The presiding Italian government garners legitimacy through its emphasis on nationalist sentiment. Typically, the enhanced severity of a threat constitutes the enhanced control of the state (Grzymala-Busse, 2008). This trend has historically been exemplified in war, but modern Italy has fewer issues with physical invasion than it does with the metaphorical—immigration. The two parties that form the present coalition government both promulgate views of muted xenophobia: immigration restrictions, detachment from the migrant crisis (Walt, 2018). In denying allegations of discrimination, the parties portray greater society as the enemy and themselves as the victims, engendering support from their base and thereby strengthening legitimacy (Acemoglu & Robinson, 2012). With the simultaneous rise of immigration and nationalism, Italy is at a critical juncture; the demographic changes instigate socioeconomic changes, which inevitably influence political changes within society (Acemoglu & Robinson, 2012). Whether through upholding traditional values or changing European dynamics, the country has an opportunity to modify its trajectory—one that is highly sought, but not easily come by.

The 2018 Italian election was a monumental occurrence in the European realm—it designated deviance from mainstream politics, an ideological shift in the populace, and the formation of a coalition government between the two most radical parties in recent Italian history. Through taking to the polls, the Italian people demanded their voices be heard, and through the election results, their voices are sure to have resonated throughout the world.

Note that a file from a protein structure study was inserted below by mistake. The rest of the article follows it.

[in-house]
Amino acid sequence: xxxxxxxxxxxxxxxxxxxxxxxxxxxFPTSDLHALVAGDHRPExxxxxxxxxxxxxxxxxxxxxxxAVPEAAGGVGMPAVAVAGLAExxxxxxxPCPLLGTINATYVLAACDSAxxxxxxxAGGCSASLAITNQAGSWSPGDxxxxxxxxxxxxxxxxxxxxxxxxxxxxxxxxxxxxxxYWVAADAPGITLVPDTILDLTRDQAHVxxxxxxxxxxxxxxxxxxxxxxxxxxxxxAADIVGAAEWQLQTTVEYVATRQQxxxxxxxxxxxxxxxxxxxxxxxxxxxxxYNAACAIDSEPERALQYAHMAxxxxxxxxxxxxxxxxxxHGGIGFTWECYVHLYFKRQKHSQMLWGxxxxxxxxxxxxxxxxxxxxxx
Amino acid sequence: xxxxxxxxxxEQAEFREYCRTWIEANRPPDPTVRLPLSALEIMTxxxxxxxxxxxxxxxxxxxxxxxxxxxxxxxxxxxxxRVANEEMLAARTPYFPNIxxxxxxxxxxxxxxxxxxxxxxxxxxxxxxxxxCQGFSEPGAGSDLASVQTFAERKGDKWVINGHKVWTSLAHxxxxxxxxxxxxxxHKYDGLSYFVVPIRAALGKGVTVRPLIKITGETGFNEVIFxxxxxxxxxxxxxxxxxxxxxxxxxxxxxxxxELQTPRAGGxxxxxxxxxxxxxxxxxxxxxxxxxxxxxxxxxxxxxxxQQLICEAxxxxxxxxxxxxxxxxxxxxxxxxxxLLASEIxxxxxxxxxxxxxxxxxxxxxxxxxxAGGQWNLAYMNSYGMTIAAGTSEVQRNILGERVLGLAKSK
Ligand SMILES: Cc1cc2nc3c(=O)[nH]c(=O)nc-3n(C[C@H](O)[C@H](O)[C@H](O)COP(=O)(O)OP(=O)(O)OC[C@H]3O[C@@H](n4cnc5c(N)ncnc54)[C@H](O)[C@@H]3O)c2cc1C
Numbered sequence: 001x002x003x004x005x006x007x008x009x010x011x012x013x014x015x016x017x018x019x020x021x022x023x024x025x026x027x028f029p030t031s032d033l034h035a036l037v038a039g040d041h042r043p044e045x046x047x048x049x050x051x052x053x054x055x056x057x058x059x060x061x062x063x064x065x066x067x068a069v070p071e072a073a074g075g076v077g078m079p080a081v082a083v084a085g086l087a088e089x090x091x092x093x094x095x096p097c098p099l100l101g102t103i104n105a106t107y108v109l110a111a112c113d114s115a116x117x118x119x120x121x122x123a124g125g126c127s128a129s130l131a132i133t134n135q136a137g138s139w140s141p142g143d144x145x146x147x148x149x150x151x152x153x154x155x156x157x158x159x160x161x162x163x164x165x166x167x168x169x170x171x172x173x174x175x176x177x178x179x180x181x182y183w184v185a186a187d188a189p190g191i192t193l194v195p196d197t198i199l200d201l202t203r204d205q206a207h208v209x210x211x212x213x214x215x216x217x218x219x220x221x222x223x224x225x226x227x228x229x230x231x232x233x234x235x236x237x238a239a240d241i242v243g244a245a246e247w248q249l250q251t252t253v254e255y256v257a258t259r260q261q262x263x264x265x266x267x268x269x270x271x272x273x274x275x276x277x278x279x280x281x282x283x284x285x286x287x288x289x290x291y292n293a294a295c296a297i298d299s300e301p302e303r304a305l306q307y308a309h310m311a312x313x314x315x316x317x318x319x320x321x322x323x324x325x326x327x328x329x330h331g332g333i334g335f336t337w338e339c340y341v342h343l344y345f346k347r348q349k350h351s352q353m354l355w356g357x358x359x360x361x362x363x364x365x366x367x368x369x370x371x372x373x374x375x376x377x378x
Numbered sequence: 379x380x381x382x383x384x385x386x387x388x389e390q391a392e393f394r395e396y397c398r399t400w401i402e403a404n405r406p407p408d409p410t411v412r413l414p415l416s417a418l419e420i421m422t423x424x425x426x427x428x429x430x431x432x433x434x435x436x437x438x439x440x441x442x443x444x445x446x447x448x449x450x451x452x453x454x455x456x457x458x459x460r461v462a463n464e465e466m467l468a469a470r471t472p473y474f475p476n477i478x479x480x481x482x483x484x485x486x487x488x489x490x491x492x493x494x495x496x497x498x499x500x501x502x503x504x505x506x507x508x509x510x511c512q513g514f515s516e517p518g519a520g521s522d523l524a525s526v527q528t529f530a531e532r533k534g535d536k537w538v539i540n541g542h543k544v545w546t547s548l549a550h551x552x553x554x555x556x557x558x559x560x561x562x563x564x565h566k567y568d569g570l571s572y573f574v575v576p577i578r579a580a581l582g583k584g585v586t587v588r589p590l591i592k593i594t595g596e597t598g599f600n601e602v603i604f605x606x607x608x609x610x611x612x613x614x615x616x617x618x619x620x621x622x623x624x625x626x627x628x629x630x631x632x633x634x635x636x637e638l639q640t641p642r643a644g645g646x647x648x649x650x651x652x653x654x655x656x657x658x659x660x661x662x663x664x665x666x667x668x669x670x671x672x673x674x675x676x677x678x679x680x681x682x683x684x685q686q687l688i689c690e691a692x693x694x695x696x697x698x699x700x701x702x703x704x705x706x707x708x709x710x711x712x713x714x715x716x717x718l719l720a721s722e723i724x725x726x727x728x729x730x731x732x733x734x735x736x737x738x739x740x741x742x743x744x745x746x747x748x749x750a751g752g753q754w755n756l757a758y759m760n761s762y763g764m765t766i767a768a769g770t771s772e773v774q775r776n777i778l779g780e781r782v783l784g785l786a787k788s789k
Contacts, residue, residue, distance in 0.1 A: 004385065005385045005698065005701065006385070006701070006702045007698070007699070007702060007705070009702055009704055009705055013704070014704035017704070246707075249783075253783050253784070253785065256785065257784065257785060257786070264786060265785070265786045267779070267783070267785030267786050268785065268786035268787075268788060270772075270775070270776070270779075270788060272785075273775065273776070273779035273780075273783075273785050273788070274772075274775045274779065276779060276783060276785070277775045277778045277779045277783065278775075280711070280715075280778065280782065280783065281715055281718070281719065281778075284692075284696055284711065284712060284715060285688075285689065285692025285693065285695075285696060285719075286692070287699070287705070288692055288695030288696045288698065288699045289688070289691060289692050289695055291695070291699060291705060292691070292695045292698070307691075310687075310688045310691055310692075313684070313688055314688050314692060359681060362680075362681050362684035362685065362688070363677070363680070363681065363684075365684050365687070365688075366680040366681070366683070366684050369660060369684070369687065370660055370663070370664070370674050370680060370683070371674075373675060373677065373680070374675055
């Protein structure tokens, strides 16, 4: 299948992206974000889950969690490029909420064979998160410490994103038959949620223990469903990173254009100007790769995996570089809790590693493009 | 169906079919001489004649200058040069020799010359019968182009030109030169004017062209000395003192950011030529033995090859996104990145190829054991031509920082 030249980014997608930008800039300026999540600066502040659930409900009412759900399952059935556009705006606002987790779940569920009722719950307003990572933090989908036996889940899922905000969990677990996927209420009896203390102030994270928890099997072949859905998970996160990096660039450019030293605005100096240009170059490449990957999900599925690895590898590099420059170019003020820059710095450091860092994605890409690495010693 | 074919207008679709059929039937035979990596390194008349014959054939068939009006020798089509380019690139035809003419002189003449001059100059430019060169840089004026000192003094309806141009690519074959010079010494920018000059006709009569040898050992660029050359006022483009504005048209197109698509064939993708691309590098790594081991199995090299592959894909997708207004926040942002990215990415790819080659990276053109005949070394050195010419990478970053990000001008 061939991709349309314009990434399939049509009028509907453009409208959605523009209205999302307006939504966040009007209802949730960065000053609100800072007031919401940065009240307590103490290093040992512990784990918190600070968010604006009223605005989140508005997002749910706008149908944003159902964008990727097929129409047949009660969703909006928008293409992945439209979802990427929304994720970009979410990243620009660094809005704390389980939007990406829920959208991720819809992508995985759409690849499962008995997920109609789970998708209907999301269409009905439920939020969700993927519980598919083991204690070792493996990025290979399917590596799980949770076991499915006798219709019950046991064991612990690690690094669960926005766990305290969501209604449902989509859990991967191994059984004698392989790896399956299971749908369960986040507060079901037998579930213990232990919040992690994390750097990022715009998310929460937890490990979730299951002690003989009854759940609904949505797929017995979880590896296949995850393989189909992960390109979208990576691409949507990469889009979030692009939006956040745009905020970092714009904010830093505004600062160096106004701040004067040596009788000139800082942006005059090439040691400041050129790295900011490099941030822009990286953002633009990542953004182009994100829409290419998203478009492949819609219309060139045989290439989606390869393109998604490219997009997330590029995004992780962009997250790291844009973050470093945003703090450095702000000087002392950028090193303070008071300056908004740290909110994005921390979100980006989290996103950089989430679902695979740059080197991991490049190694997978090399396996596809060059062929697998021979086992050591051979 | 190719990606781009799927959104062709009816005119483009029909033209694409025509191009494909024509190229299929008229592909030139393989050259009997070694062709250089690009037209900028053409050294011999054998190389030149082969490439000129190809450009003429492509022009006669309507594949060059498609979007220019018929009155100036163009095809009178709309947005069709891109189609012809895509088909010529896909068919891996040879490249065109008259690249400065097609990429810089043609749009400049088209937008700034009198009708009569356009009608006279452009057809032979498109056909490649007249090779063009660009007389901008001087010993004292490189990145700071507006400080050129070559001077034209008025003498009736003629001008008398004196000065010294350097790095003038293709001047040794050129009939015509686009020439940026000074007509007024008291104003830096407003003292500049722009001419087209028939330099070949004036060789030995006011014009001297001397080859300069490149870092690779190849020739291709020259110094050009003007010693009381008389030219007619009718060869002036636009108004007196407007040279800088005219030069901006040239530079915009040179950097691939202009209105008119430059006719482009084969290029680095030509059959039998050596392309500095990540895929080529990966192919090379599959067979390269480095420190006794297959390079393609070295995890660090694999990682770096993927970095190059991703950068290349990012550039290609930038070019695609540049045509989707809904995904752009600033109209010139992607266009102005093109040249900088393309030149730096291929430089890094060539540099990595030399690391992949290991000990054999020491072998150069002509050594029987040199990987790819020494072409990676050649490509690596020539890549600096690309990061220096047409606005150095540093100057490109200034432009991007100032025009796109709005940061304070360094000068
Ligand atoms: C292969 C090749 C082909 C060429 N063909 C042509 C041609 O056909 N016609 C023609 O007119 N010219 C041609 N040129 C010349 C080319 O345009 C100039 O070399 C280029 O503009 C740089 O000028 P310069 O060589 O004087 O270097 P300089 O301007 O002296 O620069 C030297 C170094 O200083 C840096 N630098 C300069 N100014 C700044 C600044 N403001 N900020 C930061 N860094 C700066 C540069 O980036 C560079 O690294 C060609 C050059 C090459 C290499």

Bibliography

Acemoglu, D., & Robinson, J. A. (2012). Why Nations Fail. New York: Random House.

Barigazzi, J., & Zampano, G. (2018, May 21). Little-known law professor put forward as Italian prime minister. Retrieved from https://www.politico.eu/article/little-known-law-professor-put-forward-as-italian-prime-minister/

Elgie, R. (2004). Semi-Presidentialism: Concepts, Consequences and Contesting Explanations. Political Studies Review, 2(3), 314-330. doi:10.1111/14789299200400012

Grzymala-Busse, A. (2008). Beyond Clientelism. Comparative Political Studies, 41(4-5), 638-673. doi:10.1177/0010414007313118

Italy election: What does the result mean? (2018, March 05). Retrieved from https://www.bbc.com/news/world-europe-43291390

Linz, J. J. J. (1990). The Virtues of Parliamentarism. Journal of Democracy 1(4), 84-91. Johns Hopkins University Press. Retrieved October 1, 2018, from Project MUSE database.

Walt, V. (2018, September 13). Why Italy’s Matteo Salvini Is the Most Feared Man in Europe. Retrieved from http://time.com/5394448/matteo-salvini/

Weber, M. (1972). Politics as a vocation. Philadelphia: Fortress Press.

Zampano, G. (2017, October 26). Italian parliament approves controversial electoral law. Retrieved from https://www.politico.eu/article/italian-parliament-approves-controversial-electoral-law/